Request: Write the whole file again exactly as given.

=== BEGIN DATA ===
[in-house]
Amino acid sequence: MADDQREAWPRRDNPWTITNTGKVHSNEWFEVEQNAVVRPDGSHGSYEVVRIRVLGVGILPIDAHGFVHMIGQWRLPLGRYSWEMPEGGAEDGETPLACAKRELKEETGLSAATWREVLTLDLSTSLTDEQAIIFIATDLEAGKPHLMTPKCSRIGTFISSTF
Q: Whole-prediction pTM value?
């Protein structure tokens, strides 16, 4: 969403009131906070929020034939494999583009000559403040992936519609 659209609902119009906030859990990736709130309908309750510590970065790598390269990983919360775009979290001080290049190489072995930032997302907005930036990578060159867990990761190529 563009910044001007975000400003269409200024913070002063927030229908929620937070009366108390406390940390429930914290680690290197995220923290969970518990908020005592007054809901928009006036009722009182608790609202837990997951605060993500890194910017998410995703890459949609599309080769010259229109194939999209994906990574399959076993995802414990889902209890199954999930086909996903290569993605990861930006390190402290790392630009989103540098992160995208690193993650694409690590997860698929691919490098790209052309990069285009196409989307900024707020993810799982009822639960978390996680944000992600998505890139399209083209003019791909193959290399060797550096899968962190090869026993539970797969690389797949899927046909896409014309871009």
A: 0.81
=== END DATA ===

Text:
[in-house]
Amino acid sequence: MADDQREAWPRRDNPWTITNTGKVHSNEWFEVEQNAVVRPDGSHGSYEVVRIRVLGVGILPIDAHGFVHMIGQWRLPLGRYSWEMPEGGAEDGETPLACAKRELKEETGLSAATWREVLTLDLSTSLTDEQAIIFIATDLEAGKPHLMTPKCSRIGTFISSTF
Q: Whole-prediction pTM value?
């Protein structure tokens, strides 16, 4: 969403009131906070929020034939494999583009000559403040992936519609 659209609902119009906030859990990736709130309908309750510590970065790598390269990983919360775009979290001080290049190489072995930032997302907005930036990578060159867990990761190529 563009910044001007975000400003269409200024913070002063927030229908929620937070009366108390406390940390429930914290680690290197995220923290969970518990908020005592007054809901928009006036009722009182608790609202837990997951605060993500890194910017998410995703890459949609599309080769010259229109194939999209994906990574399959076993995802414990889902209890199954999930086909996903290569993605990861930006390190402290790392630009989103540098992160995208690193993650694409690590997860698929691919490098790209052309990069285009196409989307900024707020993810799982009822639960978390996680944000992600998505890139399209083209003019791909193959290399060797550096899968962190090869026993539970797969690389797949899927046909896409014309871009």
A: 0.81